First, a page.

Prisoners Near Death As 1,700 California Inmates Continue Hunger Strike To Protest Appalling Conditions
Marie Diamond, Think Progress | July 13, 2011
A hunger strike started by prisoners at Pelican Bay to protest appalling conditions has spread across California as inmates at 13 prisons joined in solidarity. The number of inmates refusing food hit a peak of 6,600, and is now estimated at 1,700. They are now in their 13th day of the hunger strike, and relatives are reporting that many are near death but still refusing medical attention.
Pelican Bay is a maximum security facility where inmates are held in windowless isolation cells for more than 22 hours a day, shower once every three days, and can have little or no contact with other prisoners for years and even decades at a time:
A core group of prisoners at Pelican Bay said they were willing to starve to death rather than continue to submit to prison conditions that they call a violation of basic civil and human rights.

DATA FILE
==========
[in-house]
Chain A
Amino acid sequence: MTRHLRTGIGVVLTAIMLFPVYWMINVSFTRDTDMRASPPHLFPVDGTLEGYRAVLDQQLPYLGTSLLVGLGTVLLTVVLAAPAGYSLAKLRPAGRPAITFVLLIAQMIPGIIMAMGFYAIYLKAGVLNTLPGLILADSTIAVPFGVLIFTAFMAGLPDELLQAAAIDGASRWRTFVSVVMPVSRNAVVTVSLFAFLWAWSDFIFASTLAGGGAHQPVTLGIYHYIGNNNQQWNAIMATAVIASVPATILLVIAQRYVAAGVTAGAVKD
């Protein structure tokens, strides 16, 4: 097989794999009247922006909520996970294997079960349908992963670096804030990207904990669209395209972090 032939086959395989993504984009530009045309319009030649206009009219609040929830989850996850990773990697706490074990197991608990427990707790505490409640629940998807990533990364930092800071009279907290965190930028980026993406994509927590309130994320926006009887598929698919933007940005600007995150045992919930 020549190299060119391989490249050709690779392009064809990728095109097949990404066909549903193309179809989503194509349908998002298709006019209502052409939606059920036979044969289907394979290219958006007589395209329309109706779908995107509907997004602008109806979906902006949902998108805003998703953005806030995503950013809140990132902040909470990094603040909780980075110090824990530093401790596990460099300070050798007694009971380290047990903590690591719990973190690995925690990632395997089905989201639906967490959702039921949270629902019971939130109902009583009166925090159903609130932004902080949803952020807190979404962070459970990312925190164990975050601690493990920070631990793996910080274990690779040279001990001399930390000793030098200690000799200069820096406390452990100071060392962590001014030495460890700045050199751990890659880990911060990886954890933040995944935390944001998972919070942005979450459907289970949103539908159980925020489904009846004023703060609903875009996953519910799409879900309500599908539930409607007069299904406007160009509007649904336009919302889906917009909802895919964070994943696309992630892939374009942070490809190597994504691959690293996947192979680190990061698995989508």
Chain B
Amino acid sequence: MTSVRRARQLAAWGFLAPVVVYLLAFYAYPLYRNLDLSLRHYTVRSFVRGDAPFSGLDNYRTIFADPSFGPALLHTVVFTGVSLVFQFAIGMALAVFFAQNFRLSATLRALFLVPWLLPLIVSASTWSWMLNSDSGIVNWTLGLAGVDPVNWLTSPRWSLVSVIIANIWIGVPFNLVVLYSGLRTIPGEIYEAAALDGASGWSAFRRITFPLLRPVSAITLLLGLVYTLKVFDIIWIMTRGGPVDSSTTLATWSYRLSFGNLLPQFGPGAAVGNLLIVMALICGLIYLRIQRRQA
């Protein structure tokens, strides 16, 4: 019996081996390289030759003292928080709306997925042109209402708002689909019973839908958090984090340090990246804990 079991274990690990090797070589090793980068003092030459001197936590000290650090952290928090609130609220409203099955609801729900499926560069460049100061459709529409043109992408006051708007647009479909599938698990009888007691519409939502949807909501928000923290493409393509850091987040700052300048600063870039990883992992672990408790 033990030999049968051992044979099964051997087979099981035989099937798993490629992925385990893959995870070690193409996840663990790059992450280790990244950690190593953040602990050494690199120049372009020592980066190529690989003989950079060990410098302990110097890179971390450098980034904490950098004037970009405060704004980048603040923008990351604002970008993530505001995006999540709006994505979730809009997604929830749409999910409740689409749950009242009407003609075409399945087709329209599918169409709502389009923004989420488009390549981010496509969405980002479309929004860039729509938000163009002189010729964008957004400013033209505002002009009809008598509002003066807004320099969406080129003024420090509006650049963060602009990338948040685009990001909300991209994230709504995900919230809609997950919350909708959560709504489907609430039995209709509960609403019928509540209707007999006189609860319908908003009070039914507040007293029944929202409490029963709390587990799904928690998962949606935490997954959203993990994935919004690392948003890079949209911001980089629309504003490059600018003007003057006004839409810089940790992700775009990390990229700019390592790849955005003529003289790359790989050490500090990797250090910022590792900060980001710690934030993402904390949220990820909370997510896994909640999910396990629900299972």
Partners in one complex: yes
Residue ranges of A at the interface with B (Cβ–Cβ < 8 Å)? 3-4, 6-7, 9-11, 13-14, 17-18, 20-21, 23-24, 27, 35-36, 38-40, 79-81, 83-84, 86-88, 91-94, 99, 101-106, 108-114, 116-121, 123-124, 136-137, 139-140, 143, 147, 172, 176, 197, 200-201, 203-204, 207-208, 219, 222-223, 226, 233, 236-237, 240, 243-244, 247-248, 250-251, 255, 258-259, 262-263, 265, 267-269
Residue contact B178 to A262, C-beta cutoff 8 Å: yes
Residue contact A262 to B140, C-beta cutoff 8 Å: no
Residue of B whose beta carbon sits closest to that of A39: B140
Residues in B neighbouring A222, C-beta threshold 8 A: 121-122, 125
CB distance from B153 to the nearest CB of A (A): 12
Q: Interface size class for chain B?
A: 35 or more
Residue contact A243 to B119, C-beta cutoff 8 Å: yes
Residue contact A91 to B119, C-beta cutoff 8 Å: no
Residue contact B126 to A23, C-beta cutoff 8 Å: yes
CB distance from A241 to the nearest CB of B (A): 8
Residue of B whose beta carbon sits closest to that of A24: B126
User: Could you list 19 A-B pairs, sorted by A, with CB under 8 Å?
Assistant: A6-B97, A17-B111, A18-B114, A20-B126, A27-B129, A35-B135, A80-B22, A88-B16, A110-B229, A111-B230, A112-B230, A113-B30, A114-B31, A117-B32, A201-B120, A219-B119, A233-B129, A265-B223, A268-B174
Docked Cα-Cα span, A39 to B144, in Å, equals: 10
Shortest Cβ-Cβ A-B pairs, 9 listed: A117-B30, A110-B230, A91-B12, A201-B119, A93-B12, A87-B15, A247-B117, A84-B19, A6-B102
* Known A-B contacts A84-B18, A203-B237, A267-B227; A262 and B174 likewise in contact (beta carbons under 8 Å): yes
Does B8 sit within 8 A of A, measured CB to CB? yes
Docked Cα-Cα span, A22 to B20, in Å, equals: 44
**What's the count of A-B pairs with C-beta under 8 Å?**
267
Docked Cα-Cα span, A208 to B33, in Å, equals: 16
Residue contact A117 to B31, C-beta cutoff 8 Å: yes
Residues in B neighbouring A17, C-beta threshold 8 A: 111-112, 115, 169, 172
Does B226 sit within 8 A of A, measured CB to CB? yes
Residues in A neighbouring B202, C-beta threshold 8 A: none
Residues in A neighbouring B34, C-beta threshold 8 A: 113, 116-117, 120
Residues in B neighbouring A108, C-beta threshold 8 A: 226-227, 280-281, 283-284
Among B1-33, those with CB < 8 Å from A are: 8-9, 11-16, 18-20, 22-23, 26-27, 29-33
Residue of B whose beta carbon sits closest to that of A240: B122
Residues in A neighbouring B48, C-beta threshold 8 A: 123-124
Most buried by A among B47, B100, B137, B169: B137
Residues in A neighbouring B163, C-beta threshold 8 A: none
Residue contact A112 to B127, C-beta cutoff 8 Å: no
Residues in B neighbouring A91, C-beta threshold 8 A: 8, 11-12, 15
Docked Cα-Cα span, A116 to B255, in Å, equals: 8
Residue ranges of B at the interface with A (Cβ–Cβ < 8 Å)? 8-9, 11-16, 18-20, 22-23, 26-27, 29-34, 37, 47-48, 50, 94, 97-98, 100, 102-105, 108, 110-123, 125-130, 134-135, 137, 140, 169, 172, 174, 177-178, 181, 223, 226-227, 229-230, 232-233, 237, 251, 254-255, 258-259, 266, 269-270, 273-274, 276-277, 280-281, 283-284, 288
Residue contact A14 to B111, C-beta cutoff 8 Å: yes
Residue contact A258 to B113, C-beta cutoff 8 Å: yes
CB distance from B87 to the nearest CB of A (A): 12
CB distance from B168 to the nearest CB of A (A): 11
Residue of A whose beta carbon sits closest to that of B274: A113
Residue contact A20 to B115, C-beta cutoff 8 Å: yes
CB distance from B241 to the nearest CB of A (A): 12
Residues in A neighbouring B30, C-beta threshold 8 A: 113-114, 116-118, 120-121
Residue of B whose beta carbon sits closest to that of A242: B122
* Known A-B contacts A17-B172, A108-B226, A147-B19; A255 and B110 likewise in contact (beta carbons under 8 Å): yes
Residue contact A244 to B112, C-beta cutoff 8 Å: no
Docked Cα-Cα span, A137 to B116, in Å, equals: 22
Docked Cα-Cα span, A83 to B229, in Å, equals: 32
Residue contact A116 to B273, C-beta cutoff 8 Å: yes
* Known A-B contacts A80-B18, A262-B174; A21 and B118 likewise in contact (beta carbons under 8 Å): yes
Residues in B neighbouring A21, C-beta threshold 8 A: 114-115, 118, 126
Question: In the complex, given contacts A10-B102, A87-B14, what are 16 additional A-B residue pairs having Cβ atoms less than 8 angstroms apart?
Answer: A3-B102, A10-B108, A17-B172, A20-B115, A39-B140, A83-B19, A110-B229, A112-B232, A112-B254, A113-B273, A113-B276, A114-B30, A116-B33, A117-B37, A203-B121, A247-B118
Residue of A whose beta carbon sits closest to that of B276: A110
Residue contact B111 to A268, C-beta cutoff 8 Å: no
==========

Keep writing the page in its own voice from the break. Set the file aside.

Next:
“No one wants to die,” James Crawford, a prisoner serving a life sentence for murder and robbery, said in a statement provided by a coalition of prisoners’ rights groups. “Yet under this current system of what amounts to intense torture, what choice do we have?”
The hunger strike comes only weeks after the Supreme Court ordered California to dramatically lower its prisons population, because severe overcrowding was exposing inmates to high levels of violence and disease.
So now we in the hotel
Mirrors on the ceilin’
She say she wanna blow L’s
I hear her and I’m willin’
But everytime I smoke well a nigga mind gone
So that every word I spoke well I’m tryin’ to put her on
But she couldn’t hear me
I told her all about how we been livin’ a lie
And that they’d love to see us all go to prison or die
Like baby look at how they show us on the TV screen
But all she ever want me to do is unzip her jeans
Then all I really want is for her to get on top
Before you know it she workin’ jerkin’ it non stop
And all that next shit I was previously talkin’
Is now that wet shit that I’m currently lost in
And while that sweat drip I am reminded
All the times my brother told me that pussy is blindin’
I’m findin’ the more I grow the more y’all stay the same
Don’t even know the rules but yet y’all tryin’ to play the game